ACEMS Public Lecture Series


Inclusion-Exclusion in the mathematical sciences: who is kept out, and how we can use maths to bring them in

Dr Eugenia Cheng has been featured in the New York Times, presented TED Talks, written several books, and even appeared on "The Late Show with Steven Colbert" in the United States.

Dr Eugenia Cheng’s most recent book, X + Y, a Mathematician’s Manifesto for Rethinking Gender, tackles the issue of gender inequality and argues that her mathematical specialty, category theory, reveals why. In this lecture, she will show that we can use abstract mathematical thinking to work towards a more inclusive society in this politically divisive era.

- Wednesday, 5 May @ 12 pm AEST



The Mathematics of Knots

ACEMS Virtual Public Lecture

Prof Jessica Purcell, Monash University

In this lecture, Professor Jessica Purcell provides an introduction to knot theory looking closely at some of the modern tools used to study them.

The Lives & Deaths of Ethical AI

ACEMS Virtual Public Lecture

Ellen Broad, 3A Institute at The Australian National University

This lecture explores recent evolutions and transitions in ethical AI, its influences and failures, and looks to what might come next, against the backdrop of a year of profound social, economic and environmental upheaval for us all.  


Just how much water is down there, and will it last?

ACEMS Virtual Public Lecture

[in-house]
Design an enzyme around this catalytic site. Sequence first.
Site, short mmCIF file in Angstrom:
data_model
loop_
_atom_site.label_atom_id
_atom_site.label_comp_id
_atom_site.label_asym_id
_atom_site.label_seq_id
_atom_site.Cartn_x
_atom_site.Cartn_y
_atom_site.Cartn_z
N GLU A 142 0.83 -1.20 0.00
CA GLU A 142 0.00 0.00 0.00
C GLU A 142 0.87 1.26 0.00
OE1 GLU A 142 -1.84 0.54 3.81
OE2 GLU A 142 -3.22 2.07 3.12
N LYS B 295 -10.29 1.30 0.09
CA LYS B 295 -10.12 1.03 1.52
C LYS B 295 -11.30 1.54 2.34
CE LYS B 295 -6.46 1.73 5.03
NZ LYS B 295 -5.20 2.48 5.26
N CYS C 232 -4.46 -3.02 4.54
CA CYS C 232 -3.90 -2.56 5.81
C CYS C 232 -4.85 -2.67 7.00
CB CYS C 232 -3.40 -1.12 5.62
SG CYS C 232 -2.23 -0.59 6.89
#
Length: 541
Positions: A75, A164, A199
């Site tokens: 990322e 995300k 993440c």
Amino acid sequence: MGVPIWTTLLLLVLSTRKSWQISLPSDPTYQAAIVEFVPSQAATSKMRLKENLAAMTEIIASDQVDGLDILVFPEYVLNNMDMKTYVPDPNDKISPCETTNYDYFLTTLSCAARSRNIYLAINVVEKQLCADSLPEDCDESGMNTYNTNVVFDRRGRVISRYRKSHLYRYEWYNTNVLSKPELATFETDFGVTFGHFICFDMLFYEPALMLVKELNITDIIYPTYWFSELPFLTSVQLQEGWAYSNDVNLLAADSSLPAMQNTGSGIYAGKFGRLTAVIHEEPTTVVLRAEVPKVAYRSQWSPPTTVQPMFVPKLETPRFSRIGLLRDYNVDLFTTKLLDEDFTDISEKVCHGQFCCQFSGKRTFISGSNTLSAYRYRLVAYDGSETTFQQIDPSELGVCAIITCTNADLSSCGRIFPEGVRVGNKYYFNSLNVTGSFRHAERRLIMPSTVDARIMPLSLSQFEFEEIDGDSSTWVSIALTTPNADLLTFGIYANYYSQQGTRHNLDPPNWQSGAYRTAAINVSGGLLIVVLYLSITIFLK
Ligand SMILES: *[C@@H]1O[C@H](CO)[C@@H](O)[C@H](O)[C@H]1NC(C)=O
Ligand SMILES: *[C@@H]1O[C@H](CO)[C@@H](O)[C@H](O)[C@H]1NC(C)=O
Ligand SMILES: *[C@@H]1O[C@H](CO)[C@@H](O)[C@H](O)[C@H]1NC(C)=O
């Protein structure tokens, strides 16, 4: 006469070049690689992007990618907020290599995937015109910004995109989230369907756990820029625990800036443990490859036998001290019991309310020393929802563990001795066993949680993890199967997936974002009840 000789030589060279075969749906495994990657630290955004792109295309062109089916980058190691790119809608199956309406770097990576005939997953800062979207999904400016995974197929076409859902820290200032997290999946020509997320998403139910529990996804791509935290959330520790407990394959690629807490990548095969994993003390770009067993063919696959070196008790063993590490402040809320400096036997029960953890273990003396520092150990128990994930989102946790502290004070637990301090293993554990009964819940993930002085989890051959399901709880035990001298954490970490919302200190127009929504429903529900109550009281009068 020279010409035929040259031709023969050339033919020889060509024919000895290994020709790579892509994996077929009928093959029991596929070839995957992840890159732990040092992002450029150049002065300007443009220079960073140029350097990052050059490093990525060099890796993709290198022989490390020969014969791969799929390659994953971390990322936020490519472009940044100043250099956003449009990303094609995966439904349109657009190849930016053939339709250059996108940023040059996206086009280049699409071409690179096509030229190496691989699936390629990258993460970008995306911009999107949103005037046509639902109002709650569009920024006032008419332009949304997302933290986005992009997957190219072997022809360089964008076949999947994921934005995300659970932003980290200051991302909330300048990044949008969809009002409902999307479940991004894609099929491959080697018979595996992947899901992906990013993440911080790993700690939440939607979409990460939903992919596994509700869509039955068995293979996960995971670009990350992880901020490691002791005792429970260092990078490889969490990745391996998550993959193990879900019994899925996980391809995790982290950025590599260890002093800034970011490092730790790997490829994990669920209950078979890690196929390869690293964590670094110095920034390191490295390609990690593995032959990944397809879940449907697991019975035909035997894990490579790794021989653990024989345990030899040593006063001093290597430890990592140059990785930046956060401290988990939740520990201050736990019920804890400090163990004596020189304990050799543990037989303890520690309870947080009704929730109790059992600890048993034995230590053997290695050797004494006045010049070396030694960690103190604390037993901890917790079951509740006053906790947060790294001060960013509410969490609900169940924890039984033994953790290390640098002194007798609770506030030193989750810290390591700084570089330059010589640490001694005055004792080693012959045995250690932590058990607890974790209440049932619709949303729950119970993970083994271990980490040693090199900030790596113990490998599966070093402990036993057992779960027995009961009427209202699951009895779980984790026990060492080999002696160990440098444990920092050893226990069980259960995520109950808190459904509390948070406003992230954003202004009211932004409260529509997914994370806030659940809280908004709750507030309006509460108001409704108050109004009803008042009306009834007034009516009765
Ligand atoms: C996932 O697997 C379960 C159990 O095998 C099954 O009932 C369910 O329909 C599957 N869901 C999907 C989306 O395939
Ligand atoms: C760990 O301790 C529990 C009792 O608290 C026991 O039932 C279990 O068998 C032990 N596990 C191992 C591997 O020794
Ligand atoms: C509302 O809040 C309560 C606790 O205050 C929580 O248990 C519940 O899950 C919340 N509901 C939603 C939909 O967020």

Distinguished Professor Louise Ryan, ACEMS Chief Investigator, UTS & Dr Stephanie Clark, ACEMS Research Fellow at UTS

In this lecture, Professor Louise Ryan and Dr Stephanie Clark explore various approaches to modelling underground aquifers, which are a significant water source for many parts of Australia.

When Mathematics Becomes Art

ACEMS Virtual Public Lecture

Professor Kate Smith-Miles, ACEMS Chief Investigator, The University of Melbourne

In this lecture, Professor Kate Smith-Miles will describe how her research quest to generate mathematical functions that are challenging and “stress-test” optimisation algorithms has led to a large collection of intricate and beautiful 2D images, arising as contour plots of mathematical functions that have been mathematically generated to create challenging landscapes.

Bikes & Analytics

ACEMS Virtual Public Lecture

Prof Shane Henderson, Cornell University

In this ACEMS Virtual Public Lecture, Professor Shane Henderson discusses how mathematics, statistics and computational methods improved bike sharing systems.

"Improving" prediction of human behavior using behavior modification

ACEMS Virtual Public Lecture

Prof Galit Shmueli, National Tsing Hua University